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“Skinners of the Visible World” (Lecture, SUNY Buffalo, 6 PM, Oct. 24)

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I’m lecturing at SUNY Buffalo, Monday October 24, at 6 P.M.

Details here; contact info here.

If you’re in the area, feel free to crash the show. Or if you have friends in Buffalo, you might shoot them a heads-up about this event.

I’ll be speaking on:

“Skinners of the Visible World*: Images of the Unspeakable and the Unthinkable in Contemporary Culture.”

Synopsis follows…

When Oliver Wendell Holmes decreed, in his seminal essay on photography, that the daguerreotype enabled us to skin the surfaces of things and leave their substance to rot, in the Desert of the Real, he didn’t know the half of it.

Early in the 21st century, we live amid a whirl of disembodied images, and the frenzy of media imagery is only accelerating. More and more, we find ourselves face to face with the unspeakable, and even the unspeakable: videotaped beheadings, apocalyptic weather, “war porn”—it’s a livingroom Atrocity Exhibition.

I’ll explore the far fringes of visual culture, from the torture porn of Abu Ghraib to the cultural collateral damage of videotaped beheadings; from the growing traffick in Victorian post-mortem photographs, on eBay, to the posthuman fantasies—Photoshopped images of half-human/half-animal chimera—dreamed up by online fetishists; from homemade videos of wartime atrocities to the increasingly Xtreme nature of the X-rated Web. What are the politics of “just looking”? What are the moral limits of the aesthetic gaze? As (unwitting?) spectators at the carnival of postmodern pathologies staged by modern media, we must make sense of these images, and of our role as consumers of them.
(*Props to Stuart Ewen for the title, shamelessly lifted from his magisterial All Consuming Images.)

4 Comments

  1. Moon wrote:

    Fascinating view you choose to look at!
    this term “war porn” i don’t know, if you “invented ” it, but it seems an exellent way of capturing what it is.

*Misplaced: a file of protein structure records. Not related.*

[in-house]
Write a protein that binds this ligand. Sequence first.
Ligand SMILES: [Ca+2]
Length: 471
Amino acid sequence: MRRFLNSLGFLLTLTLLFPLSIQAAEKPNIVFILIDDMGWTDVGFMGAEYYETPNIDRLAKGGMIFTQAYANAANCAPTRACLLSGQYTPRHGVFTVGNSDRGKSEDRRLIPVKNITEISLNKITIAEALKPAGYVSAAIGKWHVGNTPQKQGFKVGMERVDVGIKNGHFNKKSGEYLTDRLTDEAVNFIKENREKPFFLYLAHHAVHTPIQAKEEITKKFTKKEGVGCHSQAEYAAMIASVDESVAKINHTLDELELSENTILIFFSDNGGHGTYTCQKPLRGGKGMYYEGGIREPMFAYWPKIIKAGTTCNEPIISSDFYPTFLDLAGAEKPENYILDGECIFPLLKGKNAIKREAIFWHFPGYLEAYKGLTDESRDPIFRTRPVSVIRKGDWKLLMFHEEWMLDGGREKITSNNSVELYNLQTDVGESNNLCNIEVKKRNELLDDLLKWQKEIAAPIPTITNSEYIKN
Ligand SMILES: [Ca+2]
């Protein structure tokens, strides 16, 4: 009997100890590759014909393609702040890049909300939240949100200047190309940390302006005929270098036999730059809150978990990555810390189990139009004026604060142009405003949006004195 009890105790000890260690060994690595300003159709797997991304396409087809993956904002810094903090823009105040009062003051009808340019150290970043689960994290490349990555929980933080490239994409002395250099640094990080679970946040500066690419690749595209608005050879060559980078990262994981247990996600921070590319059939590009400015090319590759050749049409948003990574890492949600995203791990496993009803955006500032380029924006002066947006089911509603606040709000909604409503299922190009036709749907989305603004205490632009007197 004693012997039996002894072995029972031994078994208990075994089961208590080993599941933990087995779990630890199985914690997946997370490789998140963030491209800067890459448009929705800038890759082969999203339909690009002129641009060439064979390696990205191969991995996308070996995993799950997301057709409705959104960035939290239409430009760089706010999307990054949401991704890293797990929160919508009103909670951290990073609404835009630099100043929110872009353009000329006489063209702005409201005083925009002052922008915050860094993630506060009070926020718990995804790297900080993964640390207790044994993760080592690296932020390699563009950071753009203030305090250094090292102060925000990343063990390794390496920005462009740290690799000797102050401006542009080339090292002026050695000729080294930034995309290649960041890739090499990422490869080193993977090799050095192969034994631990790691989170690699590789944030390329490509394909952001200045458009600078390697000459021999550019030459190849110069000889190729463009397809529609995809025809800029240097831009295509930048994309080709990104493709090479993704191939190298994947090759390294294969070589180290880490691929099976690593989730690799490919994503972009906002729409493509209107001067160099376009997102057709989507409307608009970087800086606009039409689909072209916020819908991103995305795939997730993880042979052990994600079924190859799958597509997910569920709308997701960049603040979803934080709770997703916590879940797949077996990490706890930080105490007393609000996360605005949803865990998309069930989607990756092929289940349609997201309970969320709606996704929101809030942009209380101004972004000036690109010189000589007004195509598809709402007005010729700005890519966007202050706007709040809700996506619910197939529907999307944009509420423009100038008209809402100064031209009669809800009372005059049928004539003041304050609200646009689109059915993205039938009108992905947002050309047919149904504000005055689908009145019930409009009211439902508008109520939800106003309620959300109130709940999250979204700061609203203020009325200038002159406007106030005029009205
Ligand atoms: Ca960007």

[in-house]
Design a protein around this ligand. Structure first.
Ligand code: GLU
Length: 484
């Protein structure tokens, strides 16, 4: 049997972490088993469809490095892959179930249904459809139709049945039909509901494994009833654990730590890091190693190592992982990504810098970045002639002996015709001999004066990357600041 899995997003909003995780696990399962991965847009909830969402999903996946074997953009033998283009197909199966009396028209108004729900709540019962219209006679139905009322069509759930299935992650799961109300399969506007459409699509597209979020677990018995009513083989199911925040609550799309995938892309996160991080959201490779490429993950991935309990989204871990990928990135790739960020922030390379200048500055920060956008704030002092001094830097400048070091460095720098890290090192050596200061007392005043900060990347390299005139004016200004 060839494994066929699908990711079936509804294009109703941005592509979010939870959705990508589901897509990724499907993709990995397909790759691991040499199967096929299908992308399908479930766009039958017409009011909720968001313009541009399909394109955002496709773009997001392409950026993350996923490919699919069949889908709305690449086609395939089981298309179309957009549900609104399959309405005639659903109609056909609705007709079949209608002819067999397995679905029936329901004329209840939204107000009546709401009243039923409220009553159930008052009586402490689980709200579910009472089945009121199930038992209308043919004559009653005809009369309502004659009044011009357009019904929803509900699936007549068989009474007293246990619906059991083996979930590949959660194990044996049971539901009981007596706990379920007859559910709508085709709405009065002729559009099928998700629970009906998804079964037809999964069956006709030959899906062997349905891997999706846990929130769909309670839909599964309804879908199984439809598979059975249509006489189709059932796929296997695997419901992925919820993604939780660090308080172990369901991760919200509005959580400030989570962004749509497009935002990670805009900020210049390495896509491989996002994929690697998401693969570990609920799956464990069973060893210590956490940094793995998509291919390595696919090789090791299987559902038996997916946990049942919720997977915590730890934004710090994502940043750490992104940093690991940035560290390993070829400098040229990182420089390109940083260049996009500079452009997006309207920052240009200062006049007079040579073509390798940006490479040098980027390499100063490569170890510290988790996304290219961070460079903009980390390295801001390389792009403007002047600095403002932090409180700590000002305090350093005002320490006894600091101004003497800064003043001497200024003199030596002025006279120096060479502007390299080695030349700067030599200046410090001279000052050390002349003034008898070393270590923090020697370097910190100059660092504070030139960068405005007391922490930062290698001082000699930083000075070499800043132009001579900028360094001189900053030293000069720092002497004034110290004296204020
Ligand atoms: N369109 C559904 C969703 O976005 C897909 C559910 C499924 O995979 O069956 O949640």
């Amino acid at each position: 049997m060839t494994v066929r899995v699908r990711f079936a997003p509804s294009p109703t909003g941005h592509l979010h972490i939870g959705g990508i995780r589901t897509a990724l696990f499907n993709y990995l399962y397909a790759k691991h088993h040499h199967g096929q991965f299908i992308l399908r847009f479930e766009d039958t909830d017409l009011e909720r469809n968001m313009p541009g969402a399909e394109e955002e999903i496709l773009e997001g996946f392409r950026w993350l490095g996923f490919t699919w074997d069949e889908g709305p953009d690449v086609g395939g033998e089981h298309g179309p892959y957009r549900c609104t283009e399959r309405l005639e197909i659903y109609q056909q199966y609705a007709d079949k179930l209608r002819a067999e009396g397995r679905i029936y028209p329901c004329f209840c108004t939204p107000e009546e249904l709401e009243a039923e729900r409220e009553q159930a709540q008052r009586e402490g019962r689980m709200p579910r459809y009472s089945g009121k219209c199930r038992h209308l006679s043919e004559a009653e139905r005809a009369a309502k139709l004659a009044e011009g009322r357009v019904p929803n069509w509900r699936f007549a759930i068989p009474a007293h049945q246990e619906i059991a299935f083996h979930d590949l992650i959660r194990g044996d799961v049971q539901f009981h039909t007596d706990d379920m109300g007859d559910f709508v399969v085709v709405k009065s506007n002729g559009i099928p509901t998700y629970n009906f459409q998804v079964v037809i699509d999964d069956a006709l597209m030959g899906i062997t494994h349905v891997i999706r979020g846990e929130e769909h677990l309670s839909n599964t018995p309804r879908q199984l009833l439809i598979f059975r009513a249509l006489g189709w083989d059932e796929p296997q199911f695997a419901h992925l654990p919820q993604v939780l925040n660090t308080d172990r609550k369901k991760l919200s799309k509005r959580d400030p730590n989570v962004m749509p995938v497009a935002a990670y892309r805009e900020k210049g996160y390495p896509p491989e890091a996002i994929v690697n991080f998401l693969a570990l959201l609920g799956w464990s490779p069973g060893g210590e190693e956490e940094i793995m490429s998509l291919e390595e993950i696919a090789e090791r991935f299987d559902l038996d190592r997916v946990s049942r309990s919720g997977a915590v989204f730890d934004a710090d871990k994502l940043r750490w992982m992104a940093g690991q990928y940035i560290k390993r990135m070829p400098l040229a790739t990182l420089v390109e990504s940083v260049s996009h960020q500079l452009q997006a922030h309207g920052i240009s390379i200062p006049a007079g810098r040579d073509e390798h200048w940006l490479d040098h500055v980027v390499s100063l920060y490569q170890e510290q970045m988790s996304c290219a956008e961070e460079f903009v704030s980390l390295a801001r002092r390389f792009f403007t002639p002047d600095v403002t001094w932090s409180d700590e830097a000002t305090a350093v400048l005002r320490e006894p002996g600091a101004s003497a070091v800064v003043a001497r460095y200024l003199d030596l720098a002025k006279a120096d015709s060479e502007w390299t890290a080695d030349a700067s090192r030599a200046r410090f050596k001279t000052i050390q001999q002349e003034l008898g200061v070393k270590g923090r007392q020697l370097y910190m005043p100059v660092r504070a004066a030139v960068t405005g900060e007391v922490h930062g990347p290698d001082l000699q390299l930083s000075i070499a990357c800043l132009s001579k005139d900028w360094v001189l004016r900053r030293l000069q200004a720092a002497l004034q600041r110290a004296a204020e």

can you alaborate, on what you call ” Victorian post-mortem”? what is that?
    i wish to read more about what you have to say about:
    “What are the politics of “just looking”? What are the moral limits of the aesthetic gaze? As (unwitting?) ”
    is it possible to read all of this lecture that you gave?
    thanks for an exellent article.

    Monday, October 24, 2005 at 8:04 am | Permalink
  2. M. Dery wrote:

    The envelope, please. And the answers are:
    1. No, I didn’t “invent” the term. (Why the ironic quotes, I wonder?) Google it, and you’ll get a bajillion hits. To the best of my knowledge, I *did* coin the term “warcore,” which I’ve used to describe the nightmare conjunction of gut-churningly graphic images of wartime atrocities and the pornographic imagination.
    2. Victorian post-mortem photography, a genre that persisted well into the 20th century, was the practice of photographing the dead—typically, infants or young children, given the high rate of infant mortality in those days. They were melancholy keepsakes, something for grieving parents to remember their lost child by. There are several books on the subject, most notably SECURE THE SHADOW.
    3. As for your other questions, you’ll just have to wait until I publish the essay! Further details posted here, when the time is right.
    Thanks, M. Dery

    Tuesday, October 25, 2005 at 10:26 pm | Permalink
  3. Moon wrote:

    thanks, for the brief explanation, and may i add there was intention in my “” to any cynic insinuation.
    art in all it’s forms and photography, aims for quite some time to skin the surfaces of things.. in the Desert of the Real, why should war reportage, for that matter, would be any different?
    and sure for we are amid this, whirl of disembodied images, and the frenzy of media imagery, the image impact now days is stronger then words, helas for so many of us, and the more it goes, the more the eye looks for distortion as well as for false beauty, unreal beauty, what is real? what is horror? with the manipulations anyone can create now days with very easy computer program, the representation of ones “true” or fantastic, or fetish like vision is at the reach of ones hand, and you are right about, the need for us as cultured and consciousnt civilization ,to ponder about our *politics* (i hope you don’t see my use of ** as a cynic act, this time, for I’ve seen you using it your self) of “just looking”? and what are the moral limits of the aesthetic gaze?

    Friday, October 28, 2005 at 9:09 am | Permalink
  4. M. Dery wrote:

    No “cynical insinuation” taken. As for your comment about the spectacular (in boths senses of the word) nature of war photography, point taken. You might want to check out this article from the Canadian arts and culture glossy, THIS magazine: http://www.thismagazine.ca/issues/2004/07/warphotography.php
    Key graph: “War, by its very nature, is spectacle—a grand staged execution—and staged photos are often the only images we are allowed to see. Another photo from the Vietnam War—Eddie Adams’s photo of an executioner’s bullet as it strikes a still-standing prisoner on the street in Saigon—was staged. The bullet is real, the corpse is real but the execution was moved outside for the benefit of the press. Its formal posing ultimately disturbs more than the before-death gaze on the prisoner’s face.”

    Saturday, October 29, 2005 at 9:34 pm | Permalink